What Is Private Fostering?
If a child is in immediate danger please call 999
Private fostering is when a child under 16 (or under 18 if disabled) is living with someone who is not a close relative for 28 days or more. This might be a friend, a great aunt, a cousin or someone else known to the child. A close relative is defined as a grandparent, aunt, uncle, brother or step-parent by marriage.
Many parents who have arranged for someone else to care for their child don't realise that they have entered into a private fostering arrangement when they have made informal arrangements with friends or extended family.
To keep vulnerable children safe and support families, by law parents and carers must notify their local authority if they have a private fostering arrangement in place.
There are many reasons why children are privately fostered. Such examples include:
- Parental ill health
- Children or young people from overseas who visit this country for education or health care reasons..
- Children or young people who are living with a friend/boyfriend/girlfriend's family as a result of parental separation, divorce or arguments at home.
- Children or young people whose parents work or study long or anti-social hours.
- Children or teenagers on school holiday exchanges that last more than 28 days.
- Children or teenagers who are on sports or music sponsorships living away from their families. A parent or an agency, such as a college or sports academy, would normally make such an arrangement.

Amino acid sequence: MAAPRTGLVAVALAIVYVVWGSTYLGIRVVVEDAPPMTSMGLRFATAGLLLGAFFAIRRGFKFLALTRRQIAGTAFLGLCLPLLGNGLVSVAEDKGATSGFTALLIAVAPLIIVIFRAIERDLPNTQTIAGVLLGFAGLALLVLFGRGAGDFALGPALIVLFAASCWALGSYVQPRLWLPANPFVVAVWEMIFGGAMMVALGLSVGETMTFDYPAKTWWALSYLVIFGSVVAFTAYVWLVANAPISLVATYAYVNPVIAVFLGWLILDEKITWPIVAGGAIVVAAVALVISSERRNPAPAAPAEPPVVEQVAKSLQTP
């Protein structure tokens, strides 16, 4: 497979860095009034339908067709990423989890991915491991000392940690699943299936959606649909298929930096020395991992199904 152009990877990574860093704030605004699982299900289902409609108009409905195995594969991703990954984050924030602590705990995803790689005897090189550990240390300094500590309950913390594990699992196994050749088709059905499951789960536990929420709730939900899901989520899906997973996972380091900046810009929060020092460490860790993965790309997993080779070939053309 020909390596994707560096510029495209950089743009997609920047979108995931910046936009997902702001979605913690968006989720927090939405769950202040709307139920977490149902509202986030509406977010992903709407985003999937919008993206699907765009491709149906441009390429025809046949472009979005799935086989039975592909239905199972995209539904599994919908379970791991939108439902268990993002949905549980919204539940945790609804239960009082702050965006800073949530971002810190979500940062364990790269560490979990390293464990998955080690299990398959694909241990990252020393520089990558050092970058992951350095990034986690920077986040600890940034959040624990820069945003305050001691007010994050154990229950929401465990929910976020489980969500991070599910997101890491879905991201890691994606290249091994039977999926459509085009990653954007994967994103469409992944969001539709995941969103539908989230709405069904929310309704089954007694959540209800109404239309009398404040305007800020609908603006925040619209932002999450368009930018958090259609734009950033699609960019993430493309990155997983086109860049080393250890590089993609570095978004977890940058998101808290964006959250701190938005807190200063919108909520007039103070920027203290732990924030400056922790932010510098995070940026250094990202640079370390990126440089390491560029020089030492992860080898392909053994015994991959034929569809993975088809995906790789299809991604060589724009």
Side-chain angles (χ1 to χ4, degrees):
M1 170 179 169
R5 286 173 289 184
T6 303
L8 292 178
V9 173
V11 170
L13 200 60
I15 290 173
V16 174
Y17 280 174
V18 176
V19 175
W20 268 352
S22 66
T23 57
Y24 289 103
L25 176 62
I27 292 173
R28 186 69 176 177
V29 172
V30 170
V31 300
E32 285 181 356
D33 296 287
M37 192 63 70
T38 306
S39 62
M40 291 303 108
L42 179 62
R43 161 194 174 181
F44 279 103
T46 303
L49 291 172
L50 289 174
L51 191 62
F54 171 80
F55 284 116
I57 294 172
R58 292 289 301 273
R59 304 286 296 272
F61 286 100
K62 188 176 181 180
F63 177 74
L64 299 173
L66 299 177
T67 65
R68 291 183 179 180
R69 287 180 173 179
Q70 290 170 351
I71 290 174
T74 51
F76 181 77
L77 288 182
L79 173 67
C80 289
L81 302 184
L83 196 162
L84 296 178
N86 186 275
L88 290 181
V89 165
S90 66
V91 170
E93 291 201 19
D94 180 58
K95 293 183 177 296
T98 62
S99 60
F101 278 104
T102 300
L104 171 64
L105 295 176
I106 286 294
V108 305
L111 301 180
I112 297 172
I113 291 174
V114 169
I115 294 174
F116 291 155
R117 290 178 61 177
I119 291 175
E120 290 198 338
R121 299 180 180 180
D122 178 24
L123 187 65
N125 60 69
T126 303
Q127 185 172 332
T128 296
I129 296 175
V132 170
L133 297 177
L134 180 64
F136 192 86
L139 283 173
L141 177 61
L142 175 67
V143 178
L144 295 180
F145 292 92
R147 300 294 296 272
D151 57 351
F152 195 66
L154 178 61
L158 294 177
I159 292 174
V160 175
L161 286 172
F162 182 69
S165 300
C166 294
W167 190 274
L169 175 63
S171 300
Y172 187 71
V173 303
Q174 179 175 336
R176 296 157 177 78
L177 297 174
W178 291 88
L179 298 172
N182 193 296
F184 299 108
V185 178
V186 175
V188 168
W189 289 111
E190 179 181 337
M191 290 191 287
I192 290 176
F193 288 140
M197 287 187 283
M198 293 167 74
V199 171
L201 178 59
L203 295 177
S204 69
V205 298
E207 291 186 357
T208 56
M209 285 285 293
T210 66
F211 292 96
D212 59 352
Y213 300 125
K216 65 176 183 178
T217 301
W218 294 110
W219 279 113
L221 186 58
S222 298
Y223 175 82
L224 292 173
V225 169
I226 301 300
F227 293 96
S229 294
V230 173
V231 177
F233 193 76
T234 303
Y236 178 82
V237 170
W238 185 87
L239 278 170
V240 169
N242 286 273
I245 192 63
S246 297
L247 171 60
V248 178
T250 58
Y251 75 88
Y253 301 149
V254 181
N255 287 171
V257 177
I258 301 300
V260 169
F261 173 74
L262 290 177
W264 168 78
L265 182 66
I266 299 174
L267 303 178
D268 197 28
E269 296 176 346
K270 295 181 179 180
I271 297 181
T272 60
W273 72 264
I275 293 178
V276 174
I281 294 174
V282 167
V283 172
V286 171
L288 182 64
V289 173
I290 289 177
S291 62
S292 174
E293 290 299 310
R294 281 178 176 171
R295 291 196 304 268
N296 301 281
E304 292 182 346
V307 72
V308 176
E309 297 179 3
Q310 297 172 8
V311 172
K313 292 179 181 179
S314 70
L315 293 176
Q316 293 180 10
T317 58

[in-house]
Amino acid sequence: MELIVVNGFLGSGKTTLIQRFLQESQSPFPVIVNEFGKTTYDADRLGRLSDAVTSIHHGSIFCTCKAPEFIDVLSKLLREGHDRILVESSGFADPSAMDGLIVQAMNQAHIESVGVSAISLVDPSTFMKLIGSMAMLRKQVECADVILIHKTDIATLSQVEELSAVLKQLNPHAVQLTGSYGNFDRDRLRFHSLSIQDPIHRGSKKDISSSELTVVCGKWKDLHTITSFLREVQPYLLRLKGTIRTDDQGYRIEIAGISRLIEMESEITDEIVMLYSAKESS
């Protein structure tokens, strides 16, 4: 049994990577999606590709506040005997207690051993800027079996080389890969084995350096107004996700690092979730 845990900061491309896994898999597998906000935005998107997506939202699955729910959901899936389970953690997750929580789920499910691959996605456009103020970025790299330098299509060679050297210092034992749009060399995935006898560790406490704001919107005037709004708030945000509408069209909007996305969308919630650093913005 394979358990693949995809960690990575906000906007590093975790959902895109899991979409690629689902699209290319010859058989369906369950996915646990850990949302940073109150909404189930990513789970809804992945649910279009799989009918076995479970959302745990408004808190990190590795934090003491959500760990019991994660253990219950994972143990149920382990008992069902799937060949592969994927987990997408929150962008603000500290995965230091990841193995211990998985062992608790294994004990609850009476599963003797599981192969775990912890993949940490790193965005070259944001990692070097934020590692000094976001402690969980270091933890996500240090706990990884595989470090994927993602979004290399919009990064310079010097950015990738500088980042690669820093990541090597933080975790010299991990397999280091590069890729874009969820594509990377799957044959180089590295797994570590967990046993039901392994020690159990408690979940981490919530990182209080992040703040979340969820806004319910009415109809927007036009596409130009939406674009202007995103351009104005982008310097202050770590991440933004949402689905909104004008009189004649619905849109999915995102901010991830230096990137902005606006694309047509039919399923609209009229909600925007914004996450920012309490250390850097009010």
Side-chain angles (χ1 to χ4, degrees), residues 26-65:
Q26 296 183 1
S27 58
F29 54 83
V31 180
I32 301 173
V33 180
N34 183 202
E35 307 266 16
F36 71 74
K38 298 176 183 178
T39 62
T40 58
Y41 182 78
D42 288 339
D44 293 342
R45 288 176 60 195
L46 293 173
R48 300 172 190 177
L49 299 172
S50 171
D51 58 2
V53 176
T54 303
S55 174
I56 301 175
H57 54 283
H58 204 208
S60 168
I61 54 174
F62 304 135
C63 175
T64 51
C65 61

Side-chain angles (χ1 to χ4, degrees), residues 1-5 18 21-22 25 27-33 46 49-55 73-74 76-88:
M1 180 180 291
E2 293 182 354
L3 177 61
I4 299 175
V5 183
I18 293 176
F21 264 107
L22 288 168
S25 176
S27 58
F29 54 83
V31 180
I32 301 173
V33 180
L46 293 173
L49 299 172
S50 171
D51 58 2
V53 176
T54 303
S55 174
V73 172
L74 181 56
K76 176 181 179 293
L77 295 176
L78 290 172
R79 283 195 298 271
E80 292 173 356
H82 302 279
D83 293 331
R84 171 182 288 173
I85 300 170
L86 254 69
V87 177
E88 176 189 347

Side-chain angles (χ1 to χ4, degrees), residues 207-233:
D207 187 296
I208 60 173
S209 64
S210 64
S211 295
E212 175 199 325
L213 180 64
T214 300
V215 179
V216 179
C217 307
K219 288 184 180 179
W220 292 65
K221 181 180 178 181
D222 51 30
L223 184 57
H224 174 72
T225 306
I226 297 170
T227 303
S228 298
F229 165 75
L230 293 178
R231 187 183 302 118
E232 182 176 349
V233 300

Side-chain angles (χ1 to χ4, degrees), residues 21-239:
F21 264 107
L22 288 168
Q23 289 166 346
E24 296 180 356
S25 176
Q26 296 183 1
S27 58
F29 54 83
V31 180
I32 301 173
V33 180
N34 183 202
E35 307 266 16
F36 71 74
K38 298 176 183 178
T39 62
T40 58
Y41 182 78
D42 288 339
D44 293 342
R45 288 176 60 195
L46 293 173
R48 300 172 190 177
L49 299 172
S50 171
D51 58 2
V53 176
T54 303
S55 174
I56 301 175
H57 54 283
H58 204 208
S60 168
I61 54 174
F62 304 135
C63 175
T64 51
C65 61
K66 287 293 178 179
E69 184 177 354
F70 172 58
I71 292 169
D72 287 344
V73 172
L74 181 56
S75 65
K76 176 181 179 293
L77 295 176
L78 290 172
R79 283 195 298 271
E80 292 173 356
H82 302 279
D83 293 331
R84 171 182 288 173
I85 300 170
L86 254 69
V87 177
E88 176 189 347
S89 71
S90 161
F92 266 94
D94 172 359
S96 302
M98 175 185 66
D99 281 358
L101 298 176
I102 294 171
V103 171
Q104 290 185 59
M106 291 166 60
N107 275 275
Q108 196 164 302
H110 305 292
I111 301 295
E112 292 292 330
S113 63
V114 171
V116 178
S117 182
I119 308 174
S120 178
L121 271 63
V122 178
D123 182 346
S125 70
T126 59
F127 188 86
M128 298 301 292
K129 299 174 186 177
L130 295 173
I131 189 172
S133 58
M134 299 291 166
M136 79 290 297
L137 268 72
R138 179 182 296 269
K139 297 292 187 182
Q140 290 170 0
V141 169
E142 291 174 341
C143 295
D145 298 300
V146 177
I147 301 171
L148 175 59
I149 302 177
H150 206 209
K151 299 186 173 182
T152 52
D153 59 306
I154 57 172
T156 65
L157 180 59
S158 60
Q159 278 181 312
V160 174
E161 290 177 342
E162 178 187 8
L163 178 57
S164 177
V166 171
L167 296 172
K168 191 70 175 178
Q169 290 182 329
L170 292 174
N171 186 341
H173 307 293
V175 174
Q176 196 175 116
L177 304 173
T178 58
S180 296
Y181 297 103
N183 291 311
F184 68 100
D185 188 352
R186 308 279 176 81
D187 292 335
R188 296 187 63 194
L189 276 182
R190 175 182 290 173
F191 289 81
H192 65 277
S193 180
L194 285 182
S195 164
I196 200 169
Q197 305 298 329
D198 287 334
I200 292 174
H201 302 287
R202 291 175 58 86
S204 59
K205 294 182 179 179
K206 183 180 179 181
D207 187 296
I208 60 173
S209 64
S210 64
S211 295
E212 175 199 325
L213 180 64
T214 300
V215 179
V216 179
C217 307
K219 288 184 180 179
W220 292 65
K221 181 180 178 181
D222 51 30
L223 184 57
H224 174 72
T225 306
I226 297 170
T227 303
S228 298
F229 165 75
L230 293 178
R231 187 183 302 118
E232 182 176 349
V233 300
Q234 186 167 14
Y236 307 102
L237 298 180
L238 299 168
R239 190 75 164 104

As a parent, what do I need to know about private fostering?
Even though this is a private arrangement, the law says that the local authority must ensure your child is safe and well cared for.
If you are thinking of placing your child in a private fostering arrangement, you must tell the local authority at least 6 weeks beforehand or in case of an emergency placement, within 48 hours of the placement beginning. If the arrangement has already started, you must contact Leeds City Council immediately.
It is an offence not to inform the local authority about a private fostering arrangement.
What is the local authority responsible for?
The local authority works with parents, private foster carers, the child and anyone else involved in the arrangements, to ensure that everyone is aware of and understands their responsibilities.
They assess the private foster carer/s and check that they and any other people living in their households are suitable to care for your child and that the place where your child will be staying is safe and of adequate standard. They can also give advice, training and help to the carer when needed.